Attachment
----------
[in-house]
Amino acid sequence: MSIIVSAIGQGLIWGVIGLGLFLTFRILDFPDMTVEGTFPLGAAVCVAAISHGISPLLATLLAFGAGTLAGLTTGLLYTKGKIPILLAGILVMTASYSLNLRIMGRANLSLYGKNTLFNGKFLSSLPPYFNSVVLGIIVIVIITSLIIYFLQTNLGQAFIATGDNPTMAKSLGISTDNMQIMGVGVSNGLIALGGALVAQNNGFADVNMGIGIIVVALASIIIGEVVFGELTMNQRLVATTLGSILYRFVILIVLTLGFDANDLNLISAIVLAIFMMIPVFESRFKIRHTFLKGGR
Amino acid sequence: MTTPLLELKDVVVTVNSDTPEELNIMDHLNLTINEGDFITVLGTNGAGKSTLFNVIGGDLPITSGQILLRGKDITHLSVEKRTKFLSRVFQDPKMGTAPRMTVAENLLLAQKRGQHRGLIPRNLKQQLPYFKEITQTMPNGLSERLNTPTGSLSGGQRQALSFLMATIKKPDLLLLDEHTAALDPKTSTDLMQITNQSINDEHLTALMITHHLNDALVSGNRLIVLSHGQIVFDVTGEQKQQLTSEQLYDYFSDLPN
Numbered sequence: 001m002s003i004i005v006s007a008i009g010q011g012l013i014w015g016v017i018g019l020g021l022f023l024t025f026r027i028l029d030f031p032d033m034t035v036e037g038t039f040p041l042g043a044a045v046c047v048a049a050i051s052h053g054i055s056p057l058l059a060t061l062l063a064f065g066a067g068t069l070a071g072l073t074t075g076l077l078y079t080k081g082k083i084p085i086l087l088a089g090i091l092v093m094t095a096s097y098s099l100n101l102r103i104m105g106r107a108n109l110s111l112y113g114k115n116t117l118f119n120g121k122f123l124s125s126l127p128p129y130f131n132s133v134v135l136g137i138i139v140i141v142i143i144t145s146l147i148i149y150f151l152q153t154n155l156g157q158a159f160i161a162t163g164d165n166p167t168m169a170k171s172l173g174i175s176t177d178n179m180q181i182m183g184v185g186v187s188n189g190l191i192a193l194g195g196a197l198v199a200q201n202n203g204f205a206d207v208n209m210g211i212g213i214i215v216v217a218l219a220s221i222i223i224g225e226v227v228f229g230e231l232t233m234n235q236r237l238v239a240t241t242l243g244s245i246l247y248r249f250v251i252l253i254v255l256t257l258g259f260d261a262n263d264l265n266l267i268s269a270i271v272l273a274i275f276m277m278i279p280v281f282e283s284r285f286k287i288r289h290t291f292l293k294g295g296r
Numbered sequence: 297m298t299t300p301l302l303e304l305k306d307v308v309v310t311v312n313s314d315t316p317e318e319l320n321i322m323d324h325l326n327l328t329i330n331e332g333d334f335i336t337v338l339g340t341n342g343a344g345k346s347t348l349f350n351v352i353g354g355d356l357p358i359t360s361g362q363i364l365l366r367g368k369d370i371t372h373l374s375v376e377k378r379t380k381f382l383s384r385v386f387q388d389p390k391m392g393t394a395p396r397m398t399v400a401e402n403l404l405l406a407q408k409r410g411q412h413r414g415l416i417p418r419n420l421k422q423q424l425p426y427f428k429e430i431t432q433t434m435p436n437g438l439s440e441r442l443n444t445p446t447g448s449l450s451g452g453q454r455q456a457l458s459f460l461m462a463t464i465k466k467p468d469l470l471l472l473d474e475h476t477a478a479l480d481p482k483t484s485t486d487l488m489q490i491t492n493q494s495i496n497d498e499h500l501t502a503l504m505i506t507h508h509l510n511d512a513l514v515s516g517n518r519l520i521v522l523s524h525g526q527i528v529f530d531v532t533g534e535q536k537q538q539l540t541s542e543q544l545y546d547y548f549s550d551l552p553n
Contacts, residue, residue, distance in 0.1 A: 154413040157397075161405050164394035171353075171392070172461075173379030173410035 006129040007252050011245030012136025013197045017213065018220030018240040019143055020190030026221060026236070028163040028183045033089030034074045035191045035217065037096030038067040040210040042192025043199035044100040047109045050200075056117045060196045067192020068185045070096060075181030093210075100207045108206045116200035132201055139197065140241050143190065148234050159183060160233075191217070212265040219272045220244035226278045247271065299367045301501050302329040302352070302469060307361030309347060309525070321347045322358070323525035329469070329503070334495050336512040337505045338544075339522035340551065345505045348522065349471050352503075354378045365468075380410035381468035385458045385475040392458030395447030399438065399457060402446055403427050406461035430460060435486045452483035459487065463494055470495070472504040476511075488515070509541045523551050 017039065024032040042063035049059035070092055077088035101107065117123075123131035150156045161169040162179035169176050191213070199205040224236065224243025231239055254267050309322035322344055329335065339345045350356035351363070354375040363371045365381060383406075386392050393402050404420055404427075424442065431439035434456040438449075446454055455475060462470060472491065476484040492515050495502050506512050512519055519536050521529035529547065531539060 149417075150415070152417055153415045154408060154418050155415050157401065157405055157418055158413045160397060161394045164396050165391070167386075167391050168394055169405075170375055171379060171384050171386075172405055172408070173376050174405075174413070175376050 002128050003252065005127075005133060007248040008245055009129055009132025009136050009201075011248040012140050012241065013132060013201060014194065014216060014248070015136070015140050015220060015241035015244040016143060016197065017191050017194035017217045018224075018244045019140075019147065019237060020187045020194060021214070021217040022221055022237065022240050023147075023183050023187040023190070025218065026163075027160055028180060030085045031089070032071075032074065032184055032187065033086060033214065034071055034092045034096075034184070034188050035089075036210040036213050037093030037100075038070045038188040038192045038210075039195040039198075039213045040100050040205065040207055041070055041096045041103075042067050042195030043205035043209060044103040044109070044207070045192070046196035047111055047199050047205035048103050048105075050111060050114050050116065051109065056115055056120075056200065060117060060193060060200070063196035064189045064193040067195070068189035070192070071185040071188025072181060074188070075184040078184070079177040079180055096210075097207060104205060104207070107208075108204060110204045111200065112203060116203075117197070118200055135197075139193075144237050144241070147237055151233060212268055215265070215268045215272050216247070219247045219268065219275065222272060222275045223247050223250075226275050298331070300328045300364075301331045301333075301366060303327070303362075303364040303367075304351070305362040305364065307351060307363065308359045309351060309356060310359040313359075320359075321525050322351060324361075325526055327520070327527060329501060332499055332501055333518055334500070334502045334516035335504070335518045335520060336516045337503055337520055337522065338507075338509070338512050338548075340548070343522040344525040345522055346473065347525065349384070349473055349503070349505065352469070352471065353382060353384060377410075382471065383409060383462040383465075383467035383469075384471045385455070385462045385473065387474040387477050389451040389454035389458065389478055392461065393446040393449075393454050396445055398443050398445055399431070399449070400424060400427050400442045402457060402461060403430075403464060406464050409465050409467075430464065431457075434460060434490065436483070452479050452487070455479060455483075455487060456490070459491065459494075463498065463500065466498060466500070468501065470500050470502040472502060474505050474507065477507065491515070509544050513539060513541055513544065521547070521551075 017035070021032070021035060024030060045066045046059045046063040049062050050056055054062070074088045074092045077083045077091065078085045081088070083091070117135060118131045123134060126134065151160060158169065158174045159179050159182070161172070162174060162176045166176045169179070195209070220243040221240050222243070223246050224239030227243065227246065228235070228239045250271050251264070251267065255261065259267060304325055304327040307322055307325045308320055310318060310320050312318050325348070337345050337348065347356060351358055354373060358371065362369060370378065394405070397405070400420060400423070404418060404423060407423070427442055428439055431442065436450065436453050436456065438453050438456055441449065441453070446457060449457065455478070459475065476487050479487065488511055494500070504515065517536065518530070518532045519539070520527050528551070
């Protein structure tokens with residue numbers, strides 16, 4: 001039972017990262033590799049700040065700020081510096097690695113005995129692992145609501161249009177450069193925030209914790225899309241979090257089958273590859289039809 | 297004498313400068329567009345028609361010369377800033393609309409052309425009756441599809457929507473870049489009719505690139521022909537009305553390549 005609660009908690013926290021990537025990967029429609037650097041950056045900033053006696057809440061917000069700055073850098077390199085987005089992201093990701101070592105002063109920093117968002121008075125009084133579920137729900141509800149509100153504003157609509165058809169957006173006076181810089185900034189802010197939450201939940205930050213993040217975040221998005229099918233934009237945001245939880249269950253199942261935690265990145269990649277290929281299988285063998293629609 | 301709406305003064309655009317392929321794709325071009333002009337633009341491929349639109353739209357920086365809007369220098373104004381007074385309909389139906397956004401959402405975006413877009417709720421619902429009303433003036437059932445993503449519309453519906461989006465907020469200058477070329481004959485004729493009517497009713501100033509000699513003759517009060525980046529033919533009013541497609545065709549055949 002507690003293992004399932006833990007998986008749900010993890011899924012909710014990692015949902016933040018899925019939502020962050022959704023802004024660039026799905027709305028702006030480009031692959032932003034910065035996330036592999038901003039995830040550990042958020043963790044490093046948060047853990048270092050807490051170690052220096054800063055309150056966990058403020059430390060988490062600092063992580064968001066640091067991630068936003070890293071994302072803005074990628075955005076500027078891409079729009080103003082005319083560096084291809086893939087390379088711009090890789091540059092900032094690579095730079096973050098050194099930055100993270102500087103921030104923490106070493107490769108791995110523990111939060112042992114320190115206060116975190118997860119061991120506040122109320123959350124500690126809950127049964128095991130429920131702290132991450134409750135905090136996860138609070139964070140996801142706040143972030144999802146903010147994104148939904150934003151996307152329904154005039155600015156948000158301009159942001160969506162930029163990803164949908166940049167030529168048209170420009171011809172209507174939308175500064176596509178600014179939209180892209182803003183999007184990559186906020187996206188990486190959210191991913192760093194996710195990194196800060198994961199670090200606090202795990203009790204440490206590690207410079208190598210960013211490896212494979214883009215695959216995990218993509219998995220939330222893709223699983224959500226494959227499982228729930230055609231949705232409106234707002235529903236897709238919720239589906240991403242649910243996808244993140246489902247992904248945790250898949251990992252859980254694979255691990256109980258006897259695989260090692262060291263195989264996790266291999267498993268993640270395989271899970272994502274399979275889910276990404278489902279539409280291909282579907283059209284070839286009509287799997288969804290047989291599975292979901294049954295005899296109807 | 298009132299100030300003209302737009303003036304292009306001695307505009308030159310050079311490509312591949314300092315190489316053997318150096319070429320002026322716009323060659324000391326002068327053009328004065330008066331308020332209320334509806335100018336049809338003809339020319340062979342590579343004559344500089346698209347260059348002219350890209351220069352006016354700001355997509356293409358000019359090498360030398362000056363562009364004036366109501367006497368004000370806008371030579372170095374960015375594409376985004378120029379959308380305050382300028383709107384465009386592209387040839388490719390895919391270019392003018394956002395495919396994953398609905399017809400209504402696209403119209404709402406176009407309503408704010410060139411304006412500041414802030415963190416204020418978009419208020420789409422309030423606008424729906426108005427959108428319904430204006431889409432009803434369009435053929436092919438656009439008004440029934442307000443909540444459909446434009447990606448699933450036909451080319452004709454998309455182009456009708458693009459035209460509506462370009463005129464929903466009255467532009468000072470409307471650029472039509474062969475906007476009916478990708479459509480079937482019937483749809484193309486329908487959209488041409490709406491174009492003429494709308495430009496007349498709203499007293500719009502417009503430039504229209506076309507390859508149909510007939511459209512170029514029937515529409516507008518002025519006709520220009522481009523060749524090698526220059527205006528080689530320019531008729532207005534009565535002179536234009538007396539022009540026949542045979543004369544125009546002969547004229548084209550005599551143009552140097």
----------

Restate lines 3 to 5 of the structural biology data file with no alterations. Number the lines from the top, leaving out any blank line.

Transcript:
Amino acid sequence: MTTPLLELKDVVVTVNSDTPEELNIMDHLNLTINEGDFITVLGTNGAGKSTLFNVIGGDLPITSGQILLRGKDITHLSVEKRTKFLSRVFQDPKMGTAPRMTVAENLLLAQKRGQHRGLIPRNLKQQLPYFKEITQTMPNGLSERLNTPTGSLSGGQRQALSFLMATIKKPDLLLLDEHTAALDPKTSTDLMQITNQSINDEHLTALMITHHLNDALVSGNRLIVLSHGQIVFDVTGEQKQQLTSEQLYDYFSDLPN
Numbered sequence: 001m002s003i004i005v006s007a008i009g010q011g012l013i014w015g016v017i018g019l020g021l022f023l024t025f026r027i028l029d030f031p032d033m034t035v036e037g038t039f040p041l042g043a044a045v046c047v048a049a050i051s052h053g054i055s056p057l058l059a060t061l062l063a064f065g066a067g068t069l070a071g072l073t074t075g076l077l078y079t080k081g082k083i084p085i086l087l088a089g090i091l092v093m094t095a096s097y098s099l100n101l102r103i104m105g106r107a108n109l110s111l112y113g114k115n116t117l118f119n120g121k122f123l124s125s126l127p128p129y130f131n132s133v134v135l136g137i138i139v140i141v142i143i144t145s146l147i148i149y150f151l152q153t154n155l156g157q158a159f160i161a162t163g164d165n166p167t168m169a170k171s172l173g174i175s176t177d178n179m180q181i182m183g184v185g186v187s188n189g190l191i192a193l194g195g196a197l198v199a200q201n202n203g204f205a206d207v208n209m210g211i212g213i214i215v216v217a218l219a220s221i222i223i224g225e226v227v228f229g230e231l232t233m234n235q236r237l238v239a240t241t242l243g244s245i246l247y248r249f250v251i252l253i254v255l256t257l258g259f260d261a262n263d264l265n266l267i268s269a270i271v272l273a274i275f276m277m278i279p280v281f282e283s284r285f286k287i288r289h290t291f292l293k294g295g296r
Numbered sequence: 297m298t299t300p301l302l303e304l305k306d307v308v309v310t311v312n313s314d315t316p317e318e319l320n321i322m323d324h325l326n327l328t329i330n331e332g333d334f335i336t337v338l339g340t341n342g343a344g345k346s347t348l349f350n351v352i353g354g355d356l357p358i359t360s361g362q363i364l365l366r367g368k369d370i371t372h373l374s375v376e377k378r379t380k381f382l383s384r385v386f387q388d389p390k391m392g393t394a395p396r397m398t399v400a401e402n403l404l405l406a407q408k409r410g411q412h413r414g415l416i417p418r419n420l421k422q423q424l425p426y427f428k429e430i431t432q433t434m435p436n437g438l439s440e441r442l443n444t445p446t447g448s449l450s451g452g453q454r455q456a457l458s459f460l461m462a463t464i465k466k467p468d469l470l471l472l473d474e475h476t477a478a479l480d481p482k483t484s485t486d487l488m489q490i491t492n493q494s495i496n497d498e499h500l501t502a503l504m505i506t507h508h509l510n511d512a513l514v515s516g517n518r519l520i521v522l523s524h525g526q527i528v529f530d531v532t533g534e535q536k537q538q539l540t541s542e543q544l545y546d547y548f549s550d551l552p553n